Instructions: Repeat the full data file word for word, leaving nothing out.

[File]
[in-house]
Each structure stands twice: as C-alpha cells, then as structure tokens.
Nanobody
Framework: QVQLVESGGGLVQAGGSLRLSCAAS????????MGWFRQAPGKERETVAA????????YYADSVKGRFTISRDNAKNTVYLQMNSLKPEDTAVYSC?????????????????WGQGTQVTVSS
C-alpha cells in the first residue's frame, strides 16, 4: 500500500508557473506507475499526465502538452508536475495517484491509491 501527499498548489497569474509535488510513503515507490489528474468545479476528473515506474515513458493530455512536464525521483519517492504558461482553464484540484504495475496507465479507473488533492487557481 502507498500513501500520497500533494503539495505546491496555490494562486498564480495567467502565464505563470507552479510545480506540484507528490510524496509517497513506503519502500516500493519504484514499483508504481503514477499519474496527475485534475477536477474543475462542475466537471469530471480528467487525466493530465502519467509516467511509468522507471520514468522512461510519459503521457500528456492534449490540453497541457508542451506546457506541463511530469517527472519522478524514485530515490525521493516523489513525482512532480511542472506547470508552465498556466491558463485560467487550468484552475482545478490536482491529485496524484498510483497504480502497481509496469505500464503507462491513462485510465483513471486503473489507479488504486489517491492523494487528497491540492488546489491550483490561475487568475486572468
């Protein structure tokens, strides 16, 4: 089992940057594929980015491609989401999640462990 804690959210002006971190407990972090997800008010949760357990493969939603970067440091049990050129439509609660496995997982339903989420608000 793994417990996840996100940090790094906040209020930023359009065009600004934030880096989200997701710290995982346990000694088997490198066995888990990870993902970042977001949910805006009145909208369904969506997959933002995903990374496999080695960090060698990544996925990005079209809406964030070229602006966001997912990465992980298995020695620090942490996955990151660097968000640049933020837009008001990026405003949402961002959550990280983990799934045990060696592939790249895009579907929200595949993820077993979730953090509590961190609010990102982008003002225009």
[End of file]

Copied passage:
[in-house]
Each structure stands twice: as C-alpha cells, then as structure tokens.
Nanobody
Framework: QVQLVESGGGLVQAGGSLRLSCAAS????????MGWFRQAPGKERETVAA????????YYADSVKGRFTISRDNAKNTVYLQMNSLKPEDTAVYSC?????????????????WGQGTQVTVSS
C-alpha cells in the first residue's frame, strides 16, 4: 500500500508557473506507475499526465502538452508536475495517484491509491 501527499498548489497569474509535488510513503515507490489528474468545479476528473515506474515513458493530455512536464525521483519517492504558461482553464484540484504495475496507465479507473488533492487557481 502507498500513501500520497500533494503539495505546491496555490494562486498564480495567467502565464505563470507552479510545480506540484507528490510524496509517497513506503519502500516500493519504484514499483508504481503514477499519474496527475485534475477536477474543475462542475466537471469530471480528467487525466493530465502519467509516467511509468522507471520514468522512461510519459503521457500528456492534449490540453497541457508542451506546457506541463511530469517527472519522478524514485530515490525521493516523489513525482512532480511542472506547470508552465498556466491558463485560467487550468484552475482545478490536482491529485496524484498510483497504480502497481509496469505500464503507462491513462485510465483513471486503473489507479488504486489517491492523494487528497491540492488546489491550483490561475487568475486572468
């Protein structure tokens, strides 16, 4: 089992940057594929980015491609989401999640462990 804690959210002006971190407990972090997800008010949760357990493969939603970067440091049990050129439509609660496995997982339903989420608000 793994417990996840996100940090790094906040209020930023359009065009600004934030880096989200997701710290995982346990000694088997490198066995888990990870993902970042977001949910805006009145909208369904969506997959933002995903990374496999080695960090060698990544996925990005079209809406964030070229602006966001997912990465992980298995020695620090942490996955990151660097968000640049933020837009008001990026405003949402961002959550990280983990799934045990060696592939790249895009579907929200595949993820077993979730953090509590961190609010990102982008003002225009």